Rachel is a Geelong girl who was educated at St John’s Lutheran Primary School, Clonard College and is now studying 2nd Year Medicine at Monash University.  Rachel first visited the Kais Orphanage on a school trip (World Challenge) in 2010.
She has returned as a volunteer whenever able as she believes she is able to make a difference to the lives of the orphan kids.
Kais Village is located in the rural Cambodian town of Treng Trayoeung, in the province of Kampong Speu. It is about 86km out of Phnom Penh, about a two and a half hour journey from the capital. 
History of the orphanage and my involvement “Returning home after working with the UN in Somalia, Soung Santepheap (Sunny) was shocked again by the conditions he found in his home village in Kompong Thom Province in Cambodia.
Joined in 2002 by Karen Butler, KaisKids full time program director, initially Kais Kids provided support to needy families and orphanages in Kompong Thom, Kep and Mondolkiri.
Seeking a permanent home in which to provide comprehensive care, the Kais Village Community was founded in an old farmhouse that was refurbished for 20 children and staff. Situated in Treng Trayoeung village on 7 hectares of land, today the thriving community houses over 40 children and comprises a school, a nursery for our youngest children, accommodation for the older children, a large kitchen & dining room and a medical centre.”
It is now a registered charity in the UK with a board of trustees.
 
I first visited the orphanage on a school trip (World Challenge) in 2010. I returned and volunteered for five months in 2013, teaching English, kindergarten and basic hygiene practices.
Since then I have visited twice for a month in my university holidays.
Today the orphanage is home to over 40 kids, majority of which are under 10. We employ an onsitemanager, a number of nannies, a nurse, a cleaner, a farmer, a cook and a doctor who visits weekly from PP. English classes are run by volunteer’s onsite.
Majority of kids have been abandoned at a young age/birth. Older kids have been removed by social services due to cases such as domestic violence.
Onsite we have the old farmhouse which was the original home to the children. We now have a boys and a girl’s house for the older children, a nursery, kitchen and dining room and medical centre.
We also have a farmhouse and school with an attached guesthouse.
All funded by private/group/school donations, no financial support received from the government. In the past, adoptions occurred (currently closed) and many parents come back and support the orphanage financially.
Need of the orphanage
1. Day-to-day
2. Health
3. Education
Daily needs
* Food: about $35 for 50kg of rice, the orphanage used at least 8-10 per month
* Clothes: provided by donations
* Basic shelter/care
Health
Premature and abandoned babies
* Majority of children abandoned in hospital, often as premature babies
* Majority have some form of disability, mental/physical, diagnosed/undiagnosed
Physical deformities
* Preap: Amniotic band syndrome, born with heavily disfigured face and cleft palate. Lived in hospital for first two years of his life. Has received surgery and will require more in the near future as he grows.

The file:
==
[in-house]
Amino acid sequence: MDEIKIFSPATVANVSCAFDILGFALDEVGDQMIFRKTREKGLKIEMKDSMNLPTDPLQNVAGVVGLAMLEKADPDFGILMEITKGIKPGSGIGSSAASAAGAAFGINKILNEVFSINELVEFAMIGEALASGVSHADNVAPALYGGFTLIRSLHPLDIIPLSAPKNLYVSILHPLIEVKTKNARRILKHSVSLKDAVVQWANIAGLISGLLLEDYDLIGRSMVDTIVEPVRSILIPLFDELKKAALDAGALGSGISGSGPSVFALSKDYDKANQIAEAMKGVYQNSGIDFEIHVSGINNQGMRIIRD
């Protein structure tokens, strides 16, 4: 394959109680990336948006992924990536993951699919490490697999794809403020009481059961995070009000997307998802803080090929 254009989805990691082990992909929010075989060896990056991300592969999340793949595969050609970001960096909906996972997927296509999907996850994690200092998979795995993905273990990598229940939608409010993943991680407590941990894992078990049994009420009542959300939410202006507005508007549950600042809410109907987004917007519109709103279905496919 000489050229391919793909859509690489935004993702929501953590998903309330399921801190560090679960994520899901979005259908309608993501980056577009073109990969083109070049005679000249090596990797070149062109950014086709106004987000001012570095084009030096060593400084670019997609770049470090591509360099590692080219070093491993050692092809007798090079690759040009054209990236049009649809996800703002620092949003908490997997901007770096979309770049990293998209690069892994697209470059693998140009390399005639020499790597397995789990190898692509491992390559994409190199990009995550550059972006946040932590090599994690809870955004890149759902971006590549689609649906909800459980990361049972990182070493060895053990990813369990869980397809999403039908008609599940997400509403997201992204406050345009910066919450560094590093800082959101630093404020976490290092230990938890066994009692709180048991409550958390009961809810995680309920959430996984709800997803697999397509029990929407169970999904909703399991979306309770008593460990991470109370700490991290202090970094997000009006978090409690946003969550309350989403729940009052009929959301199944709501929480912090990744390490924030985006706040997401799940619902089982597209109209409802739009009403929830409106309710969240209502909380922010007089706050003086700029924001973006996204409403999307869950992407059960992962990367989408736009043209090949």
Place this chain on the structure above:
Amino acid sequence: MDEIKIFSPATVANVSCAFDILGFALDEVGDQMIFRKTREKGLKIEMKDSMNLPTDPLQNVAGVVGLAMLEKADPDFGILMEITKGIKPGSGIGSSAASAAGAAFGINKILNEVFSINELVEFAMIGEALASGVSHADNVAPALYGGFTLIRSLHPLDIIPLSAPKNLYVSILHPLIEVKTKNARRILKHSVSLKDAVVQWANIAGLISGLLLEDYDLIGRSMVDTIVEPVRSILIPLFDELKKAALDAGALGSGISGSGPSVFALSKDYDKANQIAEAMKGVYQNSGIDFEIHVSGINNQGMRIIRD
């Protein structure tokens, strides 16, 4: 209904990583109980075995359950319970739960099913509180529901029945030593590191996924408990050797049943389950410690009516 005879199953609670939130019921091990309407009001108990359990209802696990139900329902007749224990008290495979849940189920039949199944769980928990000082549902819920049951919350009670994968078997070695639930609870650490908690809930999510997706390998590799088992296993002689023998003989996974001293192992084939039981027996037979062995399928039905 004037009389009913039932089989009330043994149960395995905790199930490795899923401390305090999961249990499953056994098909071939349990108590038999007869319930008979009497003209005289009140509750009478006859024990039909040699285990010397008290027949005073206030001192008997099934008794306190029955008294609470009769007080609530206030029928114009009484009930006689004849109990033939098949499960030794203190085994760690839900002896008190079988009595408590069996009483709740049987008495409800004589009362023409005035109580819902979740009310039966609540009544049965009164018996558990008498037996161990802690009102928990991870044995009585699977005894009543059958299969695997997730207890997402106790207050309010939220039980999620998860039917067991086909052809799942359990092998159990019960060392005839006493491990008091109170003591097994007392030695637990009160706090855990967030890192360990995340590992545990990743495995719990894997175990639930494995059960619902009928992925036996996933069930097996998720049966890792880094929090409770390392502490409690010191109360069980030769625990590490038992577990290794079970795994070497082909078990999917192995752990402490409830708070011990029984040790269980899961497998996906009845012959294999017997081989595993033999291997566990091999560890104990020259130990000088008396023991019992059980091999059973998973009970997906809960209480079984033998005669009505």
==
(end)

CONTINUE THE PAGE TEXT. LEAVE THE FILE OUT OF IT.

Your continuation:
* Pok: “Congenital Ethmoidal Encephalocele” – brain tissue in the nose. Received surgery in Singapore – stayed there for 6 weeks.
Rare cases
* Srey Ya: Has now been diagnosed with Epidermolysis bullosa, rare skin condition where her skin blisters when touched. Was living on the hospital floor with no pain relief, malnourished and no adequately bandaged for first year of life.
Failure to thrive
* Srey Nath: diagnosed with “failure to thrive,” expected to only live a year. Is now 10, can feed herself and recently learnt to walk.
Recurrent infections
* Basic infections resulting from lack of hygiene etc. Impact on children’s development
Education
* Children attend local Khmer classes in the village. Lots of difficulties with quality and quantity of teaching, low wages, bribery
* Older children now receive education in PP to increase their ability to go on to further education. All children regardless of age are assisted in further education training and job seeking.
Financial support ceases once they are employed in ongoing work
* English is taught onsite by volunteers.
Poverty in Cambodia
* Mo: broken back in questionable domestic incident aged 5/6, possibly pushed by father. Abandoned in hospital and trained by nurses to beg
* Alisa: child of blind beggars, abandoned in hospital aged 2. No muscle mass in legs as was carried, cleft palate (impacting speech and eating), uncontrolled asthma
Outreach
* Regularly asked to be involved in other projects
* Sponsor two schools to provide Khmer education to hundreds of students
* Kampot HIV drop-in centre, support children with HIV
Further information available from http://www.kaiskids.org/site/
Many questions followed Rachel’s presentation showing the level of interest within our Rotary Club and endeavouring to ascertain how we may be able to help the Kais Kids Orphanage in the future.
At the end of Rachel’s presentation Pres. Judy presented a cheque for $200 in aid of the Kais Kids
Orphanage.
 
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